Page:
Research is essential and can become annoying, but if you want to make this transition long-term, continue to do research. Many products contain ingredients—whey, honey, pollen, casein, and more—that are not vegan so, if you want to meet the requirements for a vegan diet, these are things you want to make sure you don't accidentally buy. Also, explore new foods; jackfruit—something I would have never tried—has become my go-to when replacing meat in my favorite dishes.


IV. Consistency is key

In the first few weeks, it's easy to fall off, but like anything else, consistency will keep you on track and get you results. Many times I wanted to have a small taste of something, but I stayed true to the challenge and did not give into temptation. After a few months, the temptation and cravings went away, and now, the sight and smell of meat makes me nauseous. So, stick with it!


V. ALWAYS prepare

I'm always on the run so, I quickly learned to prepare ahead of time. If I'm going to be out all day, I make sure to eat something before I leave the house and find a restaurant that's in the vicinity of where I'm going. Also, if I'm going to someone's house for a dinner party, I bring a dish or two that's vegan-friendly; this eliminates the pressure on the hostess and avoids you from sitting there with nothing to eat. I also encourage you to outline your meals before you grocery shop because many ingredients are fresh fruits and veggies; this helps you eliminate waste and saves you time during the week. 

VI. You will see changes

When I went into the challenge and now the lifestyle, I did not do it to lose weight or for any other changes other than overall health. However, there are changes you will see if you remain consistent.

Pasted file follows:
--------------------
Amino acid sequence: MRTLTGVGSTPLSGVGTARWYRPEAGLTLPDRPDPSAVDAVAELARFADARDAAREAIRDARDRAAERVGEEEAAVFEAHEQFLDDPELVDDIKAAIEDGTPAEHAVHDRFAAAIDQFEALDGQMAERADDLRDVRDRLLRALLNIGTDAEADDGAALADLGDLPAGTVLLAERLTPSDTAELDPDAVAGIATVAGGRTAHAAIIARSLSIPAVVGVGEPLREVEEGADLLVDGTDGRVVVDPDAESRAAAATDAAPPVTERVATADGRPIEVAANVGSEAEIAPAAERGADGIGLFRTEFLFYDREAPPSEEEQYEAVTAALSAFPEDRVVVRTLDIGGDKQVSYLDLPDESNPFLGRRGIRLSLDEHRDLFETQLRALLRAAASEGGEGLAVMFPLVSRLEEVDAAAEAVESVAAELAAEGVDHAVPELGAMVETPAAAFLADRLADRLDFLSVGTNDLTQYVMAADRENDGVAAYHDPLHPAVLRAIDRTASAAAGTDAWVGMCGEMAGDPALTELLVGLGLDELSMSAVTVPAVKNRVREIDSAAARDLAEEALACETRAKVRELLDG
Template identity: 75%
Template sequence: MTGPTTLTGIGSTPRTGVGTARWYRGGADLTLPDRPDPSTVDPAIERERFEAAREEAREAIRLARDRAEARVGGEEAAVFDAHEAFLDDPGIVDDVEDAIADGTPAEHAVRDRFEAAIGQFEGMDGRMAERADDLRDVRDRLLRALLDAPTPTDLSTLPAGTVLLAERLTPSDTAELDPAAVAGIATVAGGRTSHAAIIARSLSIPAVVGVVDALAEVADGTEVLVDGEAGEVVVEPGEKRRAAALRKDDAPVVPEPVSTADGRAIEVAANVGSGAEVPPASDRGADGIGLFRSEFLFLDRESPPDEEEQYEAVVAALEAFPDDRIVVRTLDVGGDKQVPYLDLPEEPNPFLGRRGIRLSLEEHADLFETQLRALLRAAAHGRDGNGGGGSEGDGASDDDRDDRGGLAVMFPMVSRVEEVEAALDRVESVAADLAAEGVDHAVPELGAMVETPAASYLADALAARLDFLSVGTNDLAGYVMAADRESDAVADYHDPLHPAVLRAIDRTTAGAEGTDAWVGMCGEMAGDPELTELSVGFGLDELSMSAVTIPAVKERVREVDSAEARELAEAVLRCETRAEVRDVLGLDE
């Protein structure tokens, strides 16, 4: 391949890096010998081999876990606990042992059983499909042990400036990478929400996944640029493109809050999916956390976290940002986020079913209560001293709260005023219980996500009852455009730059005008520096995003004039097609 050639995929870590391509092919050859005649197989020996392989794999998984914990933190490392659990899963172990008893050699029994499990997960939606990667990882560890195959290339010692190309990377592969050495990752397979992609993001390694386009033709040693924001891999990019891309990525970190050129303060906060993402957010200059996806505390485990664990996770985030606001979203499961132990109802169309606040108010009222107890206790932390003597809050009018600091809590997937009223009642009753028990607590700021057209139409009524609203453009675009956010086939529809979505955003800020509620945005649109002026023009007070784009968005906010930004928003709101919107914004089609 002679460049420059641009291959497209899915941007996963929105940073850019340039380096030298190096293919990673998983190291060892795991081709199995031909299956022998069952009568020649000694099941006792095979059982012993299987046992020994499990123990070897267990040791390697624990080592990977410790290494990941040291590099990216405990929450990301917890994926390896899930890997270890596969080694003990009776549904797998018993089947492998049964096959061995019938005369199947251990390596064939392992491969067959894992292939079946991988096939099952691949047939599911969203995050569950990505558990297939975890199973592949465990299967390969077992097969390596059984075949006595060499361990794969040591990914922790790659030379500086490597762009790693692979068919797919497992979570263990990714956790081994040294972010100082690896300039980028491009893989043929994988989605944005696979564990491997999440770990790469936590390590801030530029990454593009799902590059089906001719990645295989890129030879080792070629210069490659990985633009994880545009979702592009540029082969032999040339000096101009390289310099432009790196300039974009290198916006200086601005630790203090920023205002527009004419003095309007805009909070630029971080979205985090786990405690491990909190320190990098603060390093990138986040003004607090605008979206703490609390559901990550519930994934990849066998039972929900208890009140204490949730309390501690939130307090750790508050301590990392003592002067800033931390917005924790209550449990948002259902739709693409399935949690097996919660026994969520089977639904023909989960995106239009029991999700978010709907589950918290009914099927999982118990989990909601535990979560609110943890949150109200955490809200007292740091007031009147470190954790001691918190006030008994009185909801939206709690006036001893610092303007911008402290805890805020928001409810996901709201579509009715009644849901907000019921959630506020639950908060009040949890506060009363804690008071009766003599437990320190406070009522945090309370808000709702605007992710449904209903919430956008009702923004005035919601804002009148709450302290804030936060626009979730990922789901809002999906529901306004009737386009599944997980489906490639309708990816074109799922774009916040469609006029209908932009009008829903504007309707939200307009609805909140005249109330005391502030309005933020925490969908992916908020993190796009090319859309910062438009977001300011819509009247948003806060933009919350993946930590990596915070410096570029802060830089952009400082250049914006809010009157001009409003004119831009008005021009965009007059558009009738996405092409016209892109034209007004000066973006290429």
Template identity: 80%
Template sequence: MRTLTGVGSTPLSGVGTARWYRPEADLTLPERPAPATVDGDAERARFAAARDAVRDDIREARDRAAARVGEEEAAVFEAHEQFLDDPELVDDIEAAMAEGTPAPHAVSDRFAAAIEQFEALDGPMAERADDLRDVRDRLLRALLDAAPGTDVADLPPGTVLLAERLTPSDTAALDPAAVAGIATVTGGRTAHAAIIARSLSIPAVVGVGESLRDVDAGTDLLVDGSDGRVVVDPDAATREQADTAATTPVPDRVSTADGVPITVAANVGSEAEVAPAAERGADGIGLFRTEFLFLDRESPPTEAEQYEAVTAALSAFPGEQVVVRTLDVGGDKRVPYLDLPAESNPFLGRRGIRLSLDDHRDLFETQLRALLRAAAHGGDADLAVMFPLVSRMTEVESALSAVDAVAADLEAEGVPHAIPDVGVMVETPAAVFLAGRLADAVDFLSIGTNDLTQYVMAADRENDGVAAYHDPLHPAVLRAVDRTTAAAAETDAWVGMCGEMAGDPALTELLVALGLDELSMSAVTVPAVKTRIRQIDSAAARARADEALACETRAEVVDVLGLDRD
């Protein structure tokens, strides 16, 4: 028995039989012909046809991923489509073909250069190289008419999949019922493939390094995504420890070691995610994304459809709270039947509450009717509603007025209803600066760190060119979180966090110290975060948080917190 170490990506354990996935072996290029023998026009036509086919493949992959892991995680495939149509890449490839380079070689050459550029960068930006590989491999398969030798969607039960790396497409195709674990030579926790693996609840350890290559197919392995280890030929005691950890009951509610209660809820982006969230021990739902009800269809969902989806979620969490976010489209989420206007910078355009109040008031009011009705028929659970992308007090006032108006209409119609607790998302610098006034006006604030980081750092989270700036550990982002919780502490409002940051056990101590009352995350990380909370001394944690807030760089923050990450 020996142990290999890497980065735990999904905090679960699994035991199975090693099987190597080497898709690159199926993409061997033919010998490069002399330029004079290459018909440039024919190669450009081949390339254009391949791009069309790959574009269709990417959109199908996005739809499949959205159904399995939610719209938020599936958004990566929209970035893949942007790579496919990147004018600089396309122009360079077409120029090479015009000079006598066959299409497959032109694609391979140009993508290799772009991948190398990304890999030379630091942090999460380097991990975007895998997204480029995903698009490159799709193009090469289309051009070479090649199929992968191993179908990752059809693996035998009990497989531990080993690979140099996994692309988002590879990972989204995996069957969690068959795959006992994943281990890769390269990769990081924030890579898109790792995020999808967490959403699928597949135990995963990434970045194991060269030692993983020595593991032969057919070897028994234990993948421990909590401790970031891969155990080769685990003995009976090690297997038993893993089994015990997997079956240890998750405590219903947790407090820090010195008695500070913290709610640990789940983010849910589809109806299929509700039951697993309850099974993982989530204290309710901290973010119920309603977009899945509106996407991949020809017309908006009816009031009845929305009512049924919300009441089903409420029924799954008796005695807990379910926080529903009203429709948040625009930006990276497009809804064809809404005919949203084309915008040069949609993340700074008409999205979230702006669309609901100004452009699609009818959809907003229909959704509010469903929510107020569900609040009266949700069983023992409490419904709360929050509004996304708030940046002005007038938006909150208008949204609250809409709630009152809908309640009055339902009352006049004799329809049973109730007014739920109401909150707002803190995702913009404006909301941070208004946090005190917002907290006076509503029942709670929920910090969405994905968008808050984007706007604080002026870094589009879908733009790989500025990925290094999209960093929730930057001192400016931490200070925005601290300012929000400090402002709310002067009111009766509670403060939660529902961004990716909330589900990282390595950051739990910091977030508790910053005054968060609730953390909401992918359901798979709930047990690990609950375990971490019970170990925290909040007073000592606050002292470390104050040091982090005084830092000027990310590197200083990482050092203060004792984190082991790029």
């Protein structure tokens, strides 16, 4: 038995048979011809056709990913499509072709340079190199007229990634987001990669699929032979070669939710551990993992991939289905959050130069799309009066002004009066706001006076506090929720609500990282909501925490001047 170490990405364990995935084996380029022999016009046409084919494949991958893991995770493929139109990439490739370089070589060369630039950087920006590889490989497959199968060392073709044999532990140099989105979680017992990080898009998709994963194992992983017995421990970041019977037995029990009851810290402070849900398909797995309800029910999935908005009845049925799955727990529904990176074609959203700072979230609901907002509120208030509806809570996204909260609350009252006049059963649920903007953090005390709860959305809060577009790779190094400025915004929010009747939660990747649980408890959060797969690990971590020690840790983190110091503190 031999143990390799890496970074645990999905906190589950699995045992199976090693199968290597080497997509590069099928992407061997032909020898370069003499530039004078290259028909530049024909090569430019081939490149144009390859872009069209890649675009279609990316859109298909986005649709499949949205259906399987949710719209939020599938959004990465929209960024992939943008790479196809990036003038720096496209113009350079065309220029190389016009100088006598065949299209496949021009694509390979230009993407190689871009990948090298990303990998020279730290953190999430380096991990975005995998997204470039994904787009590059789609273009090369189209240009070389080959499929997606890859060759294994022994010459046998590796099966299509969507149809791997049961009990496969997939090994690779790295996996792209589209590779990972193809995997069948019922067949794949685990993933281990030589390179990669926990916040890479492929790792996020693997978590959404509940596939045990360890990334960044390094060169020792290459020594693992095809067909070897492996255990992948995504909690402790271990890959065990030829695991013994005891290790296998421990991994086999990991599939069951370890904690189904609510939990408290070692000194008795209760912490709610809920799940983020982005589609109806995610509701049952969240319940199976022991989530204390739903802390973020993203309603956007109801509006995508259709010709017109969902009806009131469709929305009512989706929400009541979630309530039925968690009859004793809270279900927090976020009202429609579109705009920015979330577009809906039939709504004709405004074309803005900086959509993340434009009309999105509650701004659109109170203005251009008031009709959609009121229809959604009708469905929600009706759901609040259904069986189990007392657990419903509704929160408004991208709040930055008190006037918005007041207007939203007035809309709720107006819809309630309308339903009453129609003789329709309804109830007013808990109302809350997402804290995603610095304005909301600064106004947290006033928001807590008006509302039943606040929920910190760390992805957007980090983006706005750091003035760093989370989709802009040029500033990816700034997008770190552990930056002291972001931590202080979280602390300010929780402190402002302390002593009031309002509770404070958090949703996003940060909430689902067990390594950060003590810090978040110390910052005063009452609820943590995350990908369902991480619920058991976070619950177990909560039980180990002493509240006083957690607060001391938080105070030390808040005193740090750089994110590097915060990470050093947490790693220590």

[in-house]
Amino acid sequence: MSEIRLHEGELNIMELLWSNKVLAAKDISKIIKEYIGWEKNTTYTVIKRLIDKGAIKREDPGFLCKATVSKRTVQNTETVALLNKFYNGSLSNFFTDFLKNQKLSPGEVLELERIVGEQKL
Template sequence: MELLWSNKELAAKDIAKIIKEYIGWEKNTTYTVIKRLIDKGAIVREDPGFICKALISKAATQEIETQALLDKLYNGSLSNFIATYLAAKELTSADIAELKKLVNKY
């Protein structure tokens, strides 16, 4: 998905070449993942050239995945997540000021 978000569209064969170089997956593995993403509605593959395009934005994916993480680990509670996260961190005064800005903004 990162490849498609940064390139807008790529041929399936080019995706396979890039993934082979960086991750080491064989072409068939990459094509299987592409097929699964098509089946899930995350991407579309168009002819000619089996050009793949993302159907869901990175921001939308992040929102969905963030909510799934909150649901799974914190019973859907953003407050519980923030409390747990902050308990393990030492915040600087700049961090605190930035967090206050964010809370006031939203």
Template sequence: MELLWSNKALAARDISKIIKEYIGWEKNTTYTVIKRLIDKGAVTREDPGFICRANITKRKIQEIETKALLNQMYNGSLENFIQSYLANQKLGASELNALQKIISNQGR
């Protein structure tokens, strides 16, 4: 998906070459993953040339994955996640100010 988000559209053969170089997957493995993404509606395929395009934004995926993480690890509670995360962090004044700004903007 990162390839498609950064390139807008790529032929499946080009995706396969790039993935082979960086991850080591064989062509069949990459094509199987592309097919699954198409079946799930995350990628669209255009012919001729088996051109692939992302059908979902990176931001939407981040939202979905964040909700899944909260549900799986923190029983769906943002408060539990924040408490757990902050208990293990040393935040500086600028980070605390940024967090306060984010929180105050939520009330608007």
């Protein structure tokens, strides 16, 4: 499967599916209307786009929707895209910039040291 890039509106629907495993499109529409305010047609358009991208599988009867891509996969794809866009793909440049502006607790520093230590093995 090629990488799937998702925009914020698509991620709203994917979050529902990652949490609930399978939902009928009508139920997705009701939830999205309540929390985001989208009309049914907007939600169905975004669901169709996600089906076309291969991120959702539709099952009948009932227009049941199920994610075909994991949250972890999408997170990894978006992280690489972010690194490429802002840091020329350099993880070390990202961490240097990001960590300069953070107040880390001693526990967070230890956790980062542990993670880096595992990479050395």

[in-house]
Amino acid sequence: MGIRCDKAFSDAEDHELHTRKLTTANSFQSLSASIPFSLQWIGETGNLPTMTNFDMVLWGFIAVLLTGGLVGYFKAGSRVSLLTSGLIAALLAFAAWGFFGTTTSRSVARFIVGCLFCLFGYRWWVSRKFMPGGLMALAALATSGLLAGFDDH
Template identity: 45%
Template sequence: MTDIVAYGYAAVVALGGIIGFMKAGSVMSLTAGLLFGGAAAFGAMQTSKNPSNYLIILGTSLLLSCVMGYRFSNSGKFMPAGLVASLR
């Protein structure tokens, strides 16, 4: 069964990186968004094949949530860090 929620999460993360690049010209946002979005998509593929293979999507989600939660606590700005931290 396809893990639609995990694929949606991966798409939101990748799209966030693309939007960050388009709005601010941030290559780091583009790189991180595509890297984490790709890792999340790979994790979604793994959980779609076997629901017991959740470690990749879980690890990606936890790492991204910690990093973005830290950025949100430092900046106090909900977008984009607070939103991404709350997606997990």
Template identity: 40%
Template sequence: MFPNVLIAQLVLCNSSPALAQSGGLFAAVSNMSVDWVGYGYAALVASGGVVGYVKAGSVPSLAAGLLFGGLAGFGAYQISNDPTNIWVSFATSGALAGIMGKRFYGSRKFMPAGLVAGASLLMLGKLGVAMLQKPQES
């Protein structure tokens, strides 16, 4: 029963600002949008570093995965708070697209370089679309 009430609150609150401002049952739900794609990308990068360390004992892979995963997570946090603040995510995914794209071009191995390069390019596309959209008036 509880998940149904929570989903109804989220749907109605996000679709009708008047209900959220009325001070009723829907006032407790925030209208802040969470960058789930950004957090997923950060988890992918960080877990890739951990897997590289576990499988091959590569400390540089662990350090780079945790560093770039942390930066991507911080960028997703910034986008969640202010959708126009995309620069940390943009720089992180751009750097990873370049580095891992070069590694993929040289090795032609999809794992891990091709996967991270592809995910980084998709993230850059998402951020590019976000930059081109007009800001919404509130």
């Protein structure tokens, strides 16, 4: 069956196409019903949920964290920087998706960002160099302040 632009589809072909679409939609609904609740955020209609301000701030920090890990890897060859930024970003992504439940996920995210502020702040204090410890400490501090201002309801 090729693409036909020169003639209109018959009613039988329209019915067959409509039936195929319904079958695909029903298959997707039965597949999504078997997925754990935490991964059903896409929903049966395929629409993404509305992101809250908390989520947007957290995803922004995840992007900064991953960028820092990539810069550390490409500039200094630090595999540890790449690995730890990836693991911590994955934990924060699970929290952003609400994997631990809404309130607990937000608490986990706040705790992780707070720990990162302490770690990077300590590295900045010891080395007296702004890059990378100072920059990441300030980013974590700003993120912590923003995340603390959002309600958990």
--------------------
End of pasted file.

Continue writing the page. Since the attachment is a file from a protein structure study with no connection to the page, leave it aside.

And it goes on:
• Weight-loss - Because you've removed animal products and hopefully processed foods, you will naturally see weight-loss. Your body will adjust in the first few weeks by removing excess waste and toxins; this is normal.  
    • Clearer skin - I've made it no secret that I struggle with problematic skin, and I've heard the benefits of ditching meat and dairy but remained skeptical until now. Almost overnight, my skin went from weekly breakouts to healthy-looking skin and [almost] no irritation. 
    • Taste buds & cravings - Now that I'm a year in, my taste buds and cravings have changed. I've noticed, once you give up meat and dairy, you stop craving sugary foods and start craving salty ones. You'll also find that foods you once hated, you may now enjoy. 


VII. The hardest part

I've found the transition to be [fairly] easy, but, for me, the hardest part was having to go out and have limited options. I'm a foodie, and I love to eat, but many restaurants do not cater to a vegan-lifestyle so, you often have to create your own meals with the expectation that it will be all sides.  

Changing your diet and lifestyle can be hard and overwhelming; I had no blueprint or plan going in, but I stuck with it and happy with the results. I don't believe in resolutions, but this year my goal is to limit my sugar intake and get back to the gym and bulk up. What is your goal for the New Year? Let's chat about it in the comments or over on social!